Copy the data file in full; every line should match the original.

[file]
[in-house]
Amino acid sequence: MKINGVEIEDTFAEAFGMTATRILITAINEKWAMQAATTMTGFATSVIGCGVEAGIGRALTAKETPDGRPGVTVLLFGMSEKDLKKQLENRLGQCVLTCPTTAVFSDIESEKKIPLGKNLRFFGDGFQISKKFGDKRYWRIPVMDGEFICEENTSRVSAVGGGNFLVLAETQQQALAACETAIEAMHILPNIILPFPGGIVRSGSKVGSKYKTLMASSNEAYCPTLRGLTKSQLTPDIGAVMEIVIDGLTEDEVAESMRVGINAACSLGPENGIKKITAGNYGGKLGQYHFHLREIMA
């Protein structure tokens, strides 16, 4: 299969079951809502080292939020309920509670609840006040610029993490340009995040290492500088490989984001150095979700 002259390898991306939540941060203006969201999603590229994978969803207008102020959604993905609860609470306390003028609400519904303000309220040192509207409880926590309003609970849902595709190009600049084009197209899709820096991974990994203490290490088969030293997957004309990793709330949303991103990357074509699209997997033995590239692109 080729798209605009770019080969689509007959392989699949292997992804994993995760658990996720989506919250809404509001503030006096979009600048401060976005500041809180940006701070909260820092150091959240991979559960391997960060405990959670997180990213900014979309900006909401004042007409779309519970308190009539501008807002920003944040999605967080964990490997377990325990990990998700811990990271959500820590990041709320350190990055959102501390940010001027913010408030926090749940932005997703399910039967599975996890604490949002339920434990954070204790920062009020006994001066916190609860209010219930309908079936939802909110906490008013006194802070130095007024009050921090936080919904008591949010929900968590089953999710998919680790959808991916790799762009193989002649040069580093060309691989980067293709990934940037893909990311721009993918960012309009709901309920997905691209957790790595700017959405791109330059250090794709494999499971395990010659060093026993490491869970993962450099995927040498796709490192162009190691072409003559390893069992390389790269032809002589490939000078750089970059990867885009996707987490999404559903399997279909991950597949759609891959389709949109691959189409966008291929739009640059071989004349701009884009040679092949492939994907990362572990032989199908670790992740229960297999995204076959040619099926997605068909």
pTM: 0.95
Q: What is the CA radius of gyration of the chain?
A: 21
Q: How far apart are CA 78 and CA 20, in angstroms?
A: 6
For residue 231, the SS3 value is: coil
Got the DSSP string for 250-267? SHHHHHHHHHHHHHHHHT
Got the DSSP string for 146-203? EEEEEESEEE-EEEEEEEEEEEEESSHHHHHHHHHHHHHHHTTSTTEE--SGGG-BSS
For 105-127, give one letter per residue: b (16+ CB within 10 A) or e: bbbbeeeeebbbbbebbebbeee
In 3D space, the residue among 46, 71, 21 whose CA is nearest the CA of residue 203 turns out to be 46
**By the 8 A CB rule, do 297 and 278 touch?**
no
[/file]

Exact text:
[in-house]
Amino acid sequence: MKINGVEIEDTFAEAFGMTATRILITAINEKWAMQAATTMTGFATSVIGCGVEAGIGRALTAKETPDGRPGVTVLLFGMSEKDLKKQLENRLGQCVLTCPTTAVFSDIESEKKIPLGKNLRFFGDGFQISKKFGDKRYWRIPVMDGEFICEENTSRVSAVGGGNFLVLAETQQQALAACETAIEAMHILPNIILPFPGGIVRSGSKVGSKYKTLMASSNEAYCPTLRGLTKSQLTPDIGAVMEIVIDGLTEDEVAESMRVGINAACSLGPENGIKKITAGNYGGKLGQYHFHLREIMA
């Protein structure tokens, strides 16, 4: 299969079951809502080292939020309920509670609840006040610029993490340009995040290492500088490989984001150095979700 002259390898991306939540941060203006969201999603590229994978969803207008102020959604993905609860609470306390003028609400519904303000309220040192509207409880926590309003609970849902595709190009600049084009197209899709820096991974990994203490290490088969030293997957004309990793709330949303991103990357074509699209997997033995590239692109 080729798209605009770019080969689509007959392989699949292997992804994993995760658990996720989506919250809404509001503030006096979009600048401060976005500041809180940006701070909260820092150091959240991979559960391997960060405990959670997180990213900014979309900006909401004042007409779309519970308190009539501008807002920003944040999605967080964990490997377990325990990990998700811990990271959500820590990041709320350190990055959102501390940010001027913010408030926090749940932005997703399910039967599975996890604490949002339920434990954070204790920062009020006994001066916190609860209010219930309908079936939802909110906490008013006194802070130095007024009050921090936080919904008591949010929900968590089953999710998919680790959808991916790799762009193989002649040069580093060309691989980067293709990934940037893909990311721009993918960012309009709901309920997905691209957790790595700017959405791109330059250090794709494999499971395990010659060093026993490491869970993962450099995927040498796709490192162009190691072409003559390893069992390389790269032809002589490939000078750089970059990867885009996707987490999404559903399997279909991950597949759609891959389709949109691959189409966008291929739009640059071989004349701009884009040679092949492939994907990362572990032989199908670790992740229960297999995204076959040619099926997605068909």
pTM: 0.95
Q: What is the CA radius of gyration of the chain?
A: 21
Q: How far apart are CA 78 and CA 20, in angstroms?
A: 6
For residue 231, the SS3 value is: coil
Got the DSSP string for 250-267? SHHHHHHHHHHHHHHHHT
Got the DSSP string for 146-203? EEEEEESEEE-EEEEEEEEEEEEESSHHHHHHHHHHHHHHHTTSTTEE--SGGG-BSS
For 105-127, give one letter per residue: b (16+ CB within 10 A) or e: bbbbeeeeebbbbbebbebbeee
In 3D space, the residue among 46, 71, 21 whose CA is nearest the CA of residue 203 turns out to be 46
**By the 8 A CB rule, do 297 and 278 touch?**
no